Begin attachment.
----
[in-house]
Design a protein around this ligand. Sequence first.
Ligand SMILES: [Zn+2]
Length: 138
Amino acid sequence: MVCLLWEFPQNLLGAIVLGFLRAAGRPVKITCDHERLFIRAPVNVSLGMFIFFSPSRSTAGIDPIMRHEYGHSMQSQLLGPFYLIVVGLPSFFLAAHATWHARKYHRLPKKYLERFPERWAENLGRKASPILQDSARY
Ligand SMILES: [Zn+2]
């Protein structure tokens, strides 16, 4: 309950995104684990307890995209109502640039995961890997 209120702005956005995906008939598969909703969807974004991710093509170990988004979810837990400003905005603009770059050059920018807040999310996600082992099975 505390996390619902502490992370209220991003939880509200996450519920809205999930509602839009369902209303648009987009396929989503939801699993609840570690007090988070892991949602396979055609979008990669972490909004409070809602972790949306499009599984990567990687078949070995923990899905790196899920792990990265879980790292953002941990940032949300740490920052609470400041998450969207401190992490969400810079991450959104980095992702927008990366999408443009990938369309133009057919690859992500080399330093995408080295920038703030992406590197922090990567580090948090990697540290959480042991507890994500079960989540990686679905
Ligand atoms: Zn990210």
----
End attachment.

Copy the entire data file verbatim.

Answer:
[in-house]
Design a protein around this ligand. Sequence first.
Ligand SMILES: [Zn+2]
Length: 138
Amino acid sequence: MVCLLWEFPQNLLGAIVLGFLRAAGRPVKITCDHERLFIRAPVNVSLGMFIFFSPSRSTAGIDPIMRHEYGHSMQSQLLGPFYLIVVGLPSFFLAAHATWHARKYHRLPKKYLERFPERWAENLGRKASPILQDSARY
Ligand SMILES: [Zn+2]
């Protein structure tokens, strides 16, 4: 309950995104684990307890995209109502640039995961890997 209120702005956005995906008939598969909703969807974004991710093509170990988004979810837990400003905005603009770059050059920018807040999310996600082992099975 505390996390619902502490992370209220991003939880509200996450519920809205999930509602839009369902209303648009987009396929989503939801699993609840570690007090988070892991949602396979055609979008990669972490909004409070809602972790949306499009599984990567990687078949070995923990899905790196899920792990990265879980790292953002941990940032949300740490920052609470400041998450969207401190992490969400810079991450959104980095992702927008990366999408443009990938369309133009057919690859992500080399330093995408080295920038703030992406590197922090990567580090948090990697540290959480042991507890994500079960989540990686679905
Ligand atoms: Zn990210």